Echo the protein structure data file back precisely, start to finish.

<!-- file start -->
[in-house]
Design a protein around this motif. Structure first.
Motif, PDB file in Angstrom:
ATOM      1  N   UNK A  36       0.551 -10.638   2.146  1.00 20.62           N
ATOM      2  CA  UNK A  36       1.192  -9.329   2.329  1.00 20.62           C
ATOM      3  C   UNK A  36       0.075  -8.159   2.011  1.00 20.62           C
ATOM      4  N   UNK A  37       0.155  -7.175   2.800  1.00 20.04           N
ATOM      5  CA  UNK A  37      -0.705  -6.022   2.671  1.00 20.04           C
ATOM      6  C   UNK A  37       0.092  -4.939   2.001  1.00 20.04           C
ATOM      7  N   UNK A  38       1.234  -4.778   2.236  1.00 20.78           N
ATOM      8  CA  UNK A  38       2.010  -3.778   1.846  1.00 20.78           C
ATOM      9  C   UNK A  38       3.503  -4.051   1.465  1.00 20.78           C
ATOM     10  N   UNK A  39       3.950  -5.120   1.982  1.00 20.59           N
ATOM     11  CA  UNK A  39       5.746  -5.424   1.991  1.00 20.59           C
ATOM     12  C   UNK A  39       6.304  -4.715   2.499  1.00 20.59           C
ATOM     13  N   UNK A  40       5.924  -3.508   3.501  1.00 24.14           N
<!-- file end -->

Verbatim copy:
[in-house]
Design a protein around this motif. Structure first.
Motif, PDB file in Angstrom:
ATOM      1  N   UNK A  36       0.551 -10.638   2.146  1.00 20.62           N
ATOM      2  CA  UNK A  36       1.192  -9.329   2.329  1.00 20.62           C
ATOM      3  C   UNK A  36       0.075  -8.159   2.011  1.00 20.62           C
ATOM      4  N   UNK A  37       0.155  -7.175   2.800  1.00 20.04           N
ATOM      5  CA  UNK A  37      -0.705  -6.022   2.671  1.00 20.04           C
ATOM      6  C   UNK A  37       0.092  -4.939   2.001  1.00 20.04           C
ATOM      7  N   UNK A  38       1.234  -4.778   2.236  1.00 20.78           N
ATOM      8  CA  UNK A  38       2.010  -3.778   1.846  1.00 20.78           C
ATOM      9  C   UNK A  38       3.503  -4.051   1.465  1.00 20.78           C
ATOM     10  N   UNK A  39       3.950  -5.120   1.982  1.00 20.59           N
ATOM     11  CA  UNK A  39       5.746  -5.424   1.991  1.00 20.59           C
ATOM     12  C   UNK A  39       6.304  -4.715   2.499  1.00 20.59           C
ATOM     13  N   UNK A  40       5.924  -3.508   3.501  1.00 24.14           N